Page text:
USMX CEO ‘Cautiously Optimistic’ About Reaching Agreement Without DisruptionMay 8, 2012
The following is a copy of remarks as prepared for delivery before the National Industrial Transportation League May 8 in Arlington, Va.
Let me start by saying that I’m hopeful – and maybe even cautiously optimistic – that we can reach an agreement without any disruption to the supply chain and our port operations. I’m feeling this way because of the history of the ILA and USMX at the bargaining table.
Over the last several contracts, USMX and the ILA have successfully negotiated contracts without any service disruptions on the East and Gulf Coasts. We’re proud of that legacy of cooperation and understanding. But more importantly, I believe that both sides recognize the importance of reaching an agreement – because it will keep ILA members working, terminals and ports operating, and the cargo pipeline flowing.
I believe that both sides, the ILA and USMX, clearly recognize that failure to reach an agreement by the September 30th deadline is not an option. I think we both understand that successful negotiations are not only in the best interests of USMX members, ILA members, and perhaps most importantly, all of our customers in the shipping community.
Labor and management have worked closely together for decades to create a climate of peace and stability on the East and Gulf Coasts. It has helped us attract and maintain additional cargo. It instills confidence in our shipping community. And stability and confidence are good for our nation’s economy.
We all recognize the economic significance of the East and Gulf Coast longshore industry, and the vital role we play in the flow of international trade and commerce – the lifeblood of the nation’s economy and more than half a million shipping-related jobs.
In 2011, millions of containers passed through our ports. They carried more than 110 million tons of import and export cargo, accounting for 95 percent of all containerized shipments from Maine to Texas.
I’d be less than honest if I didn’t acknowledge there are challenges that must be addressed in these negotiations – challenges that will impact both USMX and the ILA.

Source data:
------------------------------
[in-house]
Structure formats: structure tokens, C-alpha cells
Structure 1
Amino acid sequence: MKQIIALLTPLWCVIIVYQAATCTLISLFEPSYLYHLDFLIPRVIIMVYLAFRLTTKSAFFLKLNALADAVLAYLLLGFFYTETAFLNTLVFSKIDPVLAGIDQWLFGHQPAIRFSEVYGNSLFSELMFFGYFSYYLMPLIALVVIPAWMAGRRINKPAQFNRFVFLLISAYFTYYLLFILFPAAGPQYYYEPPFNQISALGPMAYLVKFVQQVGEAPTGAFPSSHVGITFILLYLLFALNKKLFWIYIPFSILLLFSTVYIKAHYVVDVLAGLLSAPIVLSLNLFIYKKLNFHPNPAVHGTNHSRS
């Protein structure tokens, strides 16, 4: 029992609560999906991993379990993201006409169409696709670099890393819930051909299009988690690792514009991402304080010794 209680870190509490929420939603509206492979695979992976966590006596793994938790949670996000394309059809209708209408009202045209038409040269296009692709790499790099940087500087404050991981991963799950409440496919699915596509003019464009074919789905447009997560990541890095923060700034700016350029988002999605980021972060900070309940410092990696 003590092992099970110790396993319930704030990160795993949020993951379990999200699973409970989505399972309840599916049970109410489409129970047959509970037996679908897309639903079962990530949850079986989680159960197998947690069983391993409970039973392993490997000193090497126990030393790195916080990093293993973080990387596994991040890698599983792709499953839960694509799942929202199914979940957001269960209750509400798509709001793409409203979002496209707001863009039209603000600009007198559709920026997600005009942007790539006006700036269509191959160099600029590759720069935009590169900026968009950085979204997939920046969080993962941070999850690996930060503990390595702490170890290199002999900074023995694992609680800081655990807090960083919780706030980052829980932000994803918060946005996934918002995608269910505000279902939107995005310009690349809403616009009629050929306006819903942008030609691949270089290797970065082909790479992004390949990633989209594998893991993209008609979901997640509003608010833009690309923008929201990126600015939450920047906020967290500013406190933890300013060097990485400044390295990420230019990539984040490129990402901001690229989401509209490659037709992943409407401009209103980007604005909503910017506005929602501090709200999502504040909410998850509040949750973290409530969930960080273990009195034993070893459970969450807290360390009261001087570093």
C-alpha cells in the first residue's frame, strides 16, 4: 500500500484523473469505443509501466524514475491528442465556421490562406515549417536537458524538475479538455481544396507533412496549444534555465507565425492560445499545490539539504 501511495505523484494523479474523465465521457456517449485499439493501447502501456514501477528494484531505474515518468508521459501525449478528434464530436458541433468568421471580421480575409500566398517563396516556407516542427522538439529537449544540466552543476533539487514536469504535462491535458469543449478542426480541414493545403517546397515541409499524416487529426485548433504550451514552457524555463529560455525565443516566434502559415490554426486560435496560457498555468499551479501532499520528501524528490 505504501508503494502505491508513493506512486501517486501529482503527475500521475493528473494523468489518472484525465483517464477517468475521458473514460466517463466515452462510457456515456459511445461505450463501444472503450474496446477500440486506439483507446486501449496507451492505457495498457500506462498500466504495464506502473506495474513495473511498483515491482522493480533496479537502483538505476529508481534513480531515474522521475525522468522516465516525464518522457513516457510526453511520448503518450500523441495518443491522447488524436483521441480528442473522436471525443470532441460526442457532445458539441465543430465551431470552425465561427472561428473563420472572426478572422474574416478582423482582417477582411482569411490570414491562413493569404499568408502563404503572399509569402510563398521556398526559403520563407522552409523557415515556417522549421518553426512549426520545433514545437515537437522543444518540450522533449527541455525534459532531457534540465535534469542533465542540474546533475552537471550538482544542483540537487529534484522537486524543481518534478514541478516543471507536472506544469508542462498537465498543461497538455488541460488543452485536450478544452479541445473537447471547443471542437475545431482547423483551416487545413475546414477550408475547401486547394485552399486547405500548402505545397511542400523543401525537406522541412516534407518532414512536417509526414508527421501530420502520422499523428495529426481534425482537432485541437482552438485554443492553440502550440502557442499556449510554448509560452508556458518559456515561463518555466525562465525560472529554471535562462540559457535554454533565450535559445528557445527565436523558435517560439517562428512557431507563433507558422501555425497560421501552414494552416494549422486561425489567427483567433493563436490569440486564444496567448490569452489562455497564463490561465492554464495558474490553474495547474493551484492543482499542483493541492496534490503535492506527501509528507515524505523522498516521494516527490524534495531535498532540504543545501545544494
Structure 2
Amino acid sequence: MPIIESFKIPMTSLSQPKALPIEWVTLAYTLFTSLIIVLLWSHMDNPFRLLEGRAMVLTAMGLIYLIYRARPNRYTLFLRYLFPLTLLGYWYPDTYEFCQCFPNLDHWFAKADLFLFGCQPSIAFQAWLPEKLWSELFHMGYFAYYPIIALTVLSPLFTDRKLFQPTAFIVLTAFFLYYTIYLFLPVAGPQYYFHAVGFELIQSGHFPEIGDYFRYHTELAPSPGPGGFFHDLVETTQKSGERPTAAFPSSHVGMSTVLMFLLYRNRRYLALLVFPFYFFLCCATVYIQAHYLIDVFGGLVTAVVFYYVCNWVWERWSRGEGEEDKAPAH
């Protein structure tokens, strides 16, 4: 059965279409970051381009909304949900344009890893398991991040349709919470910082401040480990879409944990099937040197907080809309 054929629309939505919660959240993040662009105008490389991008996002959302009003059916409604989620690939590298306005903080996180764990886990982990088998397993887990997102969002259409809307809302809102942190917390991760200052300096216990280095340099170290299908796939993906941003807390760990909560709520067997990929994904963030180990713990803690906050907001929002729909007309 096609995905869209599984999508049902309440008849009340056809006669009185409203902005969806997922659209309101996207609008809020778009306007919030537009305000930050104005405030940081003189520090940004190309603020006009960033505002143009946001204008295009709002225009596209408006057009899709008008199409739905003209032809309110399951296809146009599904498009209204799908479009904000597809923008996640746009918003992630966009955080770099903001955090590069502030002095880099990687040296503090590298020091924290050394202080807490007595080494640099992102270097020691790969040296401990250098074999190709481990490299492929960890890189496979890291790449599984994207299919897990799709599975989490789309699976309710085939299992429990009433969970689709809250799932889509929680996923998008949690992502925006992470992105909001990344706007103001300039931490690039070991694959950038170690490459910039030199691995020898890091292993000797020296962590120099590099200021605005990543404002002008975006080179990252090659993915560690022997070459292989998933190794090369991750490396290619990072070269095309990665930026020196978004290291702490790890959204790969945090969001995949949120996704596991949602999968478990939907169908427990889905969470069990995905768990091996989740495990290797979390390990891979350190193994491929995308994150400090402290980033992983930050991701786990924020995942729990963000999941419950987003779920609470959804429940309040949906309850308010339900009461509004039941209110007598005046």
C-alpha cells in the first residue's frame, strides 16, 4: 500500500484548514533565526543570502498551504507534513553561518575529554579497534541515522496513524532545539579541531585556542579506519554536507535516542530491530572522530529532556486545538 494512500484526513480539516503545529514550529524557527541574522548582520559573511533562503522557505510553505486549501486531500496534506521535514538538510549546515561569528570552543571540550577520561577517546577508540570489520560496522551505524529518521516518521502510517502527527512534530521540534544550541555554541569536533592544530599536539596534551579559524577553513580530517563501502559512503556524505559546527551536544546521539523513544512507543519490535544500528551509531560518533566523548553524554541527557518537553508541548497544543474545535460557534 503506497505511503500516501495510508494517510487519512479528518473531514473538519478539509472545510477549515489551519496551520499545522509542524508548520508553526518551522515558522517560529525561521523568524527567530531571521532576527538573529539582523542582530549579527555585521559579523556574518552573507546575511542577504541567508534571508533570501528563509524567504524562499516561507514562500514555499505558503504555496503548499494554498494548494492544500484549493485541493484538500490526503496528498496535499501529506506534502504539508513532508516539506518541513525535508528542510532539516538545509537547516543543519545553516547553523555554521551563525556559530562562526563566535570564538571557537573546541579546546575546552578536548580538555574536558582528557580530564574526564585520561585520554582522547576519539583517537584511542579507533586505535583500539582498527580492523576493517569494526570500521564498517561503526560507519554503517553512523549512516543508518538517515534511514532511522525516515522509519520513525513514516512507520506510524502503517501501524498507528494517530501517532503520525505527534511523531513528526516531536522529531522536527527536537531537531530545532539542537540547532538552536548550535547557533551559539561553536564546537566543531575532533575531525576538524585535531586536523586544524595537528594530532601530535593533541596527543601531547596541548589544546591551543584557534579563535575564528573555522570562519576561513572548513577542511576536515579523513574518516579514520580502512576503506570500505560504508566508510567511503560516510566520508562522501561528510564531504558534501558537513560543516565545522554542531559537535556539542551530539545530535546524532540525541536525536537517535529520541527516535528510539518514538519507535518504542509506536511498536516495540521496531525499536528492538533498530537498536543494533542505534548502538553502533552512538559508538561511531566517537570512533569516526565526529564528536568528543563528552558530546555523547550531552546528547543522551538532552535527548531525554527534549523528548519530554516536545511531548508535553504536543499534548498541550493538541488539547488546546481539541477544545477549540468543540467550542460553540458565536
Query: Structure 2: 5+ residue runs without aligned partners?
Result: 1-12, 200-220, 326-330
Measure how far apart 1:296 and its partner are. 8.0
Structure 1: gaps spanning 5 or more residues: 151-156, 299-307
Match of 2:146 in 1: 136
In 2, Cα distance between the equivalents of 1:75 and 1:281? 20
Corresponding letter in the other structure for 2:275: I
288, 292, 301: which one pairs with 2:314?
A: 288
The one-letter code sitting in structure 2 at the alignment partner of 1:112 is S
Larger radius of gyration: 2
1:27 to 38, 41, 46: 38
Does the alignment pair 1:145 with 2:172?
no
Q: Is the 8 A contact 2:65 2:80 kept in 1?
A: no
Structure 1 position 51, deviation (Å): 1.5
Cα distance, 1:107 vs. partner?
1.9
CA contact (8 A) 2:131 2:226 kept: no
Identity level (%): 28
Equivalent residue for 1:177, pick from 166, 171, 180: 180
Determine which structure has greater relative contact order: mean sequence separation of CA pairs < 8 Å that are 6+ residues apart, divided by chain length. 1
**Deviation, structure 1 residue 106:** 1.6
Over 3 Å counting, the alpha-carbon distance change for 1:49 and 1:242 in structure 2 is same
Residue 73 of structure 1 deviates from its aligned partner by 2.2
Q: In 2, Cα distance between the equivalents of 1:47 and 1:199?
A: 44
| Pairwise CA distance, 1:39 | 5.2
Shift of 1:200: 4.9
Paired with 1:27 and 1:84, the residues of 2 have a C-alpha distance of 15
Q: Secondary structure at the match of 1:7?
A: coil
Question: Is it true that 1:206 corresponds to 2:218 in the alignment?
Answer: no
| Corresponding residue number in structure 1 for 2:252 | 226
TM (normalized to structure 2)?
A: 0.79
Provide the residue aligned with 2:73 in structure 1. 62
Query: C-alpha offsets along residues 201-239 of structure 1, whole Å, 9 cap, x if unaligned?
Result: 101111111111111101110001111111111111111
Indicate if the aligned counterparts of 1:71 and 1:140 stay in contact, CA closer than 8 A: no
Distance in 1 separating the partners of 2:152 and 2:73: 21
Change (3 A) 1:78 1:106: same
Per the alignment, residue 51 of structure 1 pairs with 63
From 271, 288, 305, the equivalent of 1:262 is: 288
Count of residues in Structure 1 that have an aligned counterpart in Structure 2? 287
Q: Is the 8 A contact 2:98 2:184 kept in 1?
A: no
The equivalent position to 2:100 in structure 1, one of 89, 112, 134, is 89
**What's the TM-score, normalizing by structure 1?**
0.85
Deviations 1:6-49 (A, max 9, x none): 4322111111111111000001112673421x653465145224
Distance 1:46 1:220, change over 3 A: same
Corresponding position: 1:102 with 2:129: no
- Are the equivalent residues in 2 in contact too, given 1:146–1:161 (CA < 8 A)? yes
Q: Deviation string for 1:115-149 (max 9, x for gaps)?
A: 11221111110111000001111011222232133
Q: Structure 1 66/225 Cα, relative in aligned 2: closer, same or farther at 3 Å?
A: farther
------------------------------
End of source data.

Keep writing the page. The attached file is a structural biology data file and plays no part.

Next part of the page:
Our mission in this bargaining is to protect the industry’s market share and its ability to compete in a global economy. In order to achieve this mission, industry must continue to introduce the use of new technology. Technology allows us to increase the capacity of our ports, attract capital, and promote growth. And growth is the best guarantee of jobs.
But we also recognize the obligation we have to bargain over the impact the introduction of new technology may have on the workforce.
Technology will play an even more important role with the coming expansion of the Panama Canal. We have to be prepared to handle increased volumes and throughputs in our ports.
Both sides must examine the industry’s current cost structures. We must be willing to address restrictive and redundant work rules, manning practices and other cost impediments – some of which go back as far as the breakbulk days – all of which hurt our global competitive posture.
A lot of the things we do don’t make sense in today’s environment. They have to be reviewed.
Many of the USMX and ILA issues are basically the same. The only difference is how we each approach those issues—and the challenge of working together to resolve them.
Since negotiations began, it is my belief that we can continue moving forward in the give and take of negotiation, reach an agreement that is four-fold: it recognizes the challenges both sides face together, it acknowledges the connection between the ability to grow and good-paying jobs, it is fair to both sides, and in the end, provides positive outcomes for our customer base.